The international media launch of the BMW i8 in Los Angeles will include the presentation of a solar carport concept developed by BMW Group DesignworksUSA for the use of renewable energy. It combines high-grade technology for generating electricity from solar power with an innovative design that perfectly complements the BMW i models.

In its choice of materials, design and colour, the DesignworksUSA carport concept takes its cue from the characteristic styling of the BMW i models to form a harmonious counterpart. The holistic sustainability concept is underlined by the materials used in the construction of the carport and by its solar modules. In addition to the carbon elements on the side of the carport, the principal material used is bamboo in the form of struts. Thanks to its rapid growth, bamboo is considered a particularly sustainable raw material. For the generation of electricity, high-grade glass-on-glass solar modules are used. These are translucent and very durable, as well as generating a high energy yield. For the panels used in Europe, the manufacturer offers a 30-year guarantee.

The solar carport not only guarantees the supply of green power but furthermore allows for energy self-sufficiency, so that customers remain independent of electricity prices. In conjunction with the BMW i Wallbox Pro, the car can be specifically charged with solar electricity from the carport. The Wallbox also indicates the amount of solar energy that goes into the car and provides an analysis of recent charging processes which shows the respective proportions of solar and grid power. If the solar panels provide energy beyond the requirements of the vehicle, this surplus solar power can be put to domestic use.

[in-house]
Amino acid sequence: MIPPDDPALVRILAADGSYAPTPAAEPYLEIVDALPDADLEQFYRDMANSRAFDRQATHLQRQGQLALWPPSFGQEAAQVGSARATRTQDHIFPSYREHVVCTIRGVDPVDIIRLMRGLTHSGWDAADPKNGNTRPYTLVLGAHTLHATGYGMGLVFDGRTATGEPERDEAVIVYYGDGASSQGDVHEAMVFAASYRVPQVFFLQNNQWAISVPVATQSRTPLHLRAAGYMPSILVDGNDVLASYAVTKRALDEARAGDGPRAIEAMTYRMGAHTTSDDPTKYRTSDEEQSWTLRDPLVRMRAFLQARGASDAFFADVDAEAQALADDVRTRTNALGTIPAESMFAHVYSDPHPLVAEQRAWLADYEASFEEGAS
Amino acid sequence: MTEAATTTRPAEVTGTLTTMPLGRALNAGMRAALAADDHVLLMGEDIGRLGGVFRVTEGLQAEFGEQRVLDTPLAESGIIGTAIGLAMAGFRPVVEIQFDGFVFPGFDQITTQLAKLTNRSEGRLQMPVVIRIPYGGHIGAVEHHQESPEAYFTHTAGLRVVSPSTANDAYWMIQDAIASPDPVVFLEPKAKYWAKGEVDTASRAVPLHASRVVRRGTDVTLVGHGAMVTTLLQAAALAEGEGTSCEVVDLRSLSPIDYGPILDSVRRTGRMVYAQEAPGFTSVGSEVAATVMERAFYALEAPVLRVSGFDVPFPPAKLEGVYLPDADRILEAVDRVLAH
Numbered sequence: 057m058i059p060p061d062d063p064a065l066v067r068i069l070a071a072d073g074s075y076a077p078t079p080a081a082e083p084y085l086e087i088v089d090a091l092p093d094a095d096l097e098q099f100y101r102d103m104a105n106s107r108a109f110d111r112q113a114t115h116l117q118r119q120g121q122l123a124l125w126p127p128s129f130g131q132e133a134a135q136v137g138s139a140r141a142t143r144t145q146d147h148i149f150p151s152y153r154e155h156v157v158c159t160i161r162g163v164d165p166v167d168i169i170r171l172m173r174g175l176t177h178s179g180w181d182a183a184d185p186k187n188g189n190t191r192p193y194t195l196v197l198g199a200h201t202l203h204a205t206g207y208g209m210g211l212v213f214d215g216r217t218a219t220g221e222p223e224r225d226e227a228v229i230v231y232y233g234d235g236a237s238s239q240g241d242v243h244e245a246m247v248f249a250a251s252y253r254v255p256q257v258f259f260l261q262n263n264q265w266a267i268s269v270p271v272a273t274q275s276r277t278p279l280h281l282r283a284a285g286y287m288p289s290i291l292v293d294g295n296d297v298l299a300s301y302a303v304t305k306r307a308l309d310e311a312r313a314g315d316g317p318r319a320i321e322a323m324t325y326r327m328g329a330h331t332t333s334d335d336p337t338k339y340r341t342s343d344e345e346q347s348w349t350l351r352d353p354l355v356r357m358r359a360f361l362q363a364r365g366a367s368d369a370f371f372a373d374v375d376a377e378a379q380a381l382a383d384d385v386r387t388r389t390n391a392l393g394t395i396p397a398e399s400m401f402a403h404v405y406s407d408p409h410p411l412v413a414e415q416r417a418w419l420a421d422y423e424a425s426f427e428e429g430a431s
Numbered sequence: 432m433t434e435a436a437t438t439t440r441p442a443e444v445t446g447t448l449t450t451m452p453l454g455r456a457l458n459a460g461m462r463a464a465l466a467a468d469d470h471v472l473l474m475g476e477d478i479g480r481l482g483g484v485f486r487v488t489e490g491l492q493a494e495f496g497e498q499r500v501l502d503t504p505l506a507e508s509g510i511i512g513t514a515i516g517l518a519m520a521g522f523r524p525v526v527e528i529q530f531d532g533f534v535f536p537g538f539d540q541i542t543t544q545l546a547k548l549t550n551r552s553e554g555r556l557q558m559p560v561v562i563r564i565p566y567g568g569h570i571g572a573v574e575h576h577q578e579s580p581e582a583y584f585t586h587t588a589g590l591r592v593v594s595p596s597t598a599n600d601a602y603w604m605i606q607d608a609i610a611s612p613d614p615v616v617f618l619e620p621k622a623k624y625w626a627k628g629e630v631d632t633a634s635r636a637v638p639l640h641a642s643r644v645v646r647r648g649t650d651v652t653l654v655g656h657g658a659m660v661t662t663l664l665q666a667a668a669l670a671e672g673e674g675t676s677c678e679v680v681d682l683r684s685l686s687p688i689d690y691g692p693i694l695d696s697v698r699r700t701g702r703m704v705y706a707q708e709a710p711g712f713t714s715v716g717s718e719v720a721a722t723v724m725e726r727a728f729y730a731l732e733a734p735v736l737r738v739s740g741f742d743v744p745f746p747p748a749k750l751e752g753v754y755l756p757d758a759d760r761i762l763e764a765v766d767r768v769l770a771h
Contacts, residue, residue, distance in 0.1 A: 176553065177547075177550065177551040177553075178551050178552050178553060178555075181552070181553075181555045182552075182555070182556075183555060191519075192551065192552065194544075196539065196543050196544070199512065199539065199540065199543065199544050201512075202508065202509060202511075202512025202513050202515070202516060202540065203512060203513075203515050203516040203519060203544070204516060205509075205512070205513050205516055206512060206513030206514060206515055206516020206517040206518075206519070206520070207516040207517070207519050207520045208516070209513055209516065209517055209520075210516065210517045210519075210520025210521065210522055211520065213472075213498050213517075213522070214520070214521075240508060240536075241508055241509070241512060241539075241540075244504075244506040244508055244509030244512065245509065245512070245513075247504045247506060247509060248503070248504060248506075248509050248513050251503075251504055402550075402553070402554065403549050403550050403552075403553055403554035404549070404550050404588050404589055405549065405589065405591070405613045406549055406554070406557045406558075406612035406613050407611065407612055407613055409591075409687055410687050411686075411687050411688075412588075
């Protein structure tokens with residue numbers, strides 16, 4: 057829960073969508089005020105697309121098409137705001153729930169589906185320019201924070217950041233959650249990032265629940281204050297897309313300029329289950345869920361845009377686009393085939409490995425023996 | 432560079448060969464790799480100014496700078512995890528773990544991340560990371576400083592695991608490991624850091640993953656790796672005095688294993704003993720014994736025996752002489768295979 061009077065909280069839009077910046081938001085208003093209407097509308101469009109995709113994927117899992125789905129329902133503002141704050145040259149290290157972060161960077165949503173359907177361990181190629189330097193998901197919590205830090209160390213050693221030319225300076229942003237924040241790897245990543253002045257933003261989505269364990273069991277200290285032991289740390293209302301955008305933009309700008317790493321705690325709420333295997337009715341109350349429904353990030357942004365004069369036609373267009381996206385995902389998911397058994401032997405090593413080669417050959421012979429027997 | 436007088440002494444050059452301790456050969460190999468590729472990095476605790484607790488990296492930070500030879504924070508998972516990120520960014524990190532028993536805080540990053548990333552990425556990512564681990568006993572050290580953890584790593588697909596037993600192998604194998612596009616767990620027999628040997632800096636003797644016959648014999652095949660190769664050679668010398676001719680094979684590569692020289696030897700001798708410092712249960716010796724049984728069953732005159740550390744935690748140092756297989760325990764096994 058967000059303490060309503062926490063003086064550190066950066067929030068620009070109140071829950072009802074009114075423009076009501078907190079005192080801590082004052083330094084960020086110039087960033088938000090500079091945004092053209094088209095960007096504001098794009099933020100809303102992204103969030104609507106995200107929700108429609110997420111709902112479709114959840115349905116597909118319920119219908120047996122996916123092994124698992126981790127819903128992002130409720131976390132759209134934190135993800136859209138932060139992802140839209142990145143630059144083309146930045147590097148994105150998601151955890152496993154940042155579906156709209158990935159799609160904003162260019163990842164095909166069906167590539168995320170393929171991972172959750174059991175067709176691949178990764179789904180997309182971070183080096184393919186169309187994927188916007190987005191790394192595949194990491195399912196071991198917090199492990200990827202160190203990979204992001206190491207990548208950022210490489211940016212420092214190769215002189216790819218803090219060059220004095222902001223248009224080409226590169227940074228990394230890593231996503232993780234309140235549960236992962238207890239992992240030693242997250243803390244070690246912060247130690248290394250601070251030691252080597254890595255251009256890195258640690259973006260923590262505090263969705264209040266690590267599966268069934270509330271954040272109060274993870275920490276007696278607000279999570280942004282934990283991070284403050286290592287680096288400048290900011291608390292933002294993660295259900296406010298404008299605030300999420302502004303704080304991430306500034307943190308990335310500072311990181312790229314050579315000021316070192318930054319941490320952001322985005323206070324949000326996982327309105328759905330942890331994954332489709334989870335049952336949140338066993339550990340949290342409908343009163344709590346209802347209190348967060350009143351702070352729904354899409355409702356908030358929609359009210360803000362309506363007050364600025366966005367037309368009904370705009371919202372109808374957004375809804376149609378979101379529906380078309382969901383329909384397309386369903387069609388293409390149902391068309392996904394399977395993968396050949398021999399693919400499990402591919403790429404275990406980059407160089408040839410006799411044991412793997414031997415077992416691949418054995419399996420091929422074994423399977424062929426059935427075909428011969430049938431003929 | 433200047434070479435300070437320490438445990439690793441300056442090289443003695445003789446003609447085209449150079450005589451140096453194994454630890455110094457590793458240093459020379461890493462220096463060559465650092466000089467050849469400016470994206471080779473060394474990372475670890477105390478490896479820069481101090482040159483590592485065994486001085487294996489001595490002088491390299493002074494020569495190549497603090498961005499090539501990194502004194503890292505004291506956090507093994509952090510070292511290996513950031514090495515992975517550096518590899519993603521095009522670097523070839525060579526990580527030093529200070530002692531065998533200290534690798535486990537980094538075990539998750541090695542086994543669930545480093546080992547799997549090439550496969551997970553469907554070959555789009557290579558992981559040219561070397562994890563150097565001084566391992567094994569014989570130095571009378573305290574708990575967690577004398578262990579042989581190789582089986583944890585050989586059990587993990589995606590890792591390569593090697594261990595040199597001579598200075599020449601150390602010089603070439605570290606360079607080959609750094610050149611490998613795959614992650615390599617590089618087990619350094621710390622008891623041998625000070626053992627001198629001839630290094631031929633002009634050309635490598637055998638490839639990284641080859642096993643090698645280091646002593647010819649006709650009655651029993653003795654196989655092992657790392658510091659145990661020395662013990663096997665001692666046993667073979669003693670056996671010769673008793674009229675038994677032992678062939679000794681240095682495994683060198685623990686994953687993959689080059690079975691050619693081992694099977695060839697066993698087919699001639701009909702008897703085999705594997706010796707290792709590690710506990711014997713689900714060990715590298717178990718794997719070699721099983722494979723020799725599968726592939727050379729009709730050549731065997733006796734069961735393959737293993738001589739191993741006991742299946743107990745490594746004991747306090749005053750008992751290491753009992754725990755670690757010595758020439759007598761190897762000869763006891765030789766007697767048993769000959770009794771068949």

Generating private electricity with the aid of solar collectors and feeding this CO2-free energy via the BMW i Wallbox into the vehicle's high-voltage battery further optimises of the life cycle assessment of the BMW i models. Regularly hooking up the high-voltage battery to the Wallbox connected to the solar carport enables a high degree of CO2-neutral usage of the BMW i8. With a fully charged high-voltage battery, the plug-in hybrid sports car has a range of around 37 kilometres (22 miles) in all-electric mode.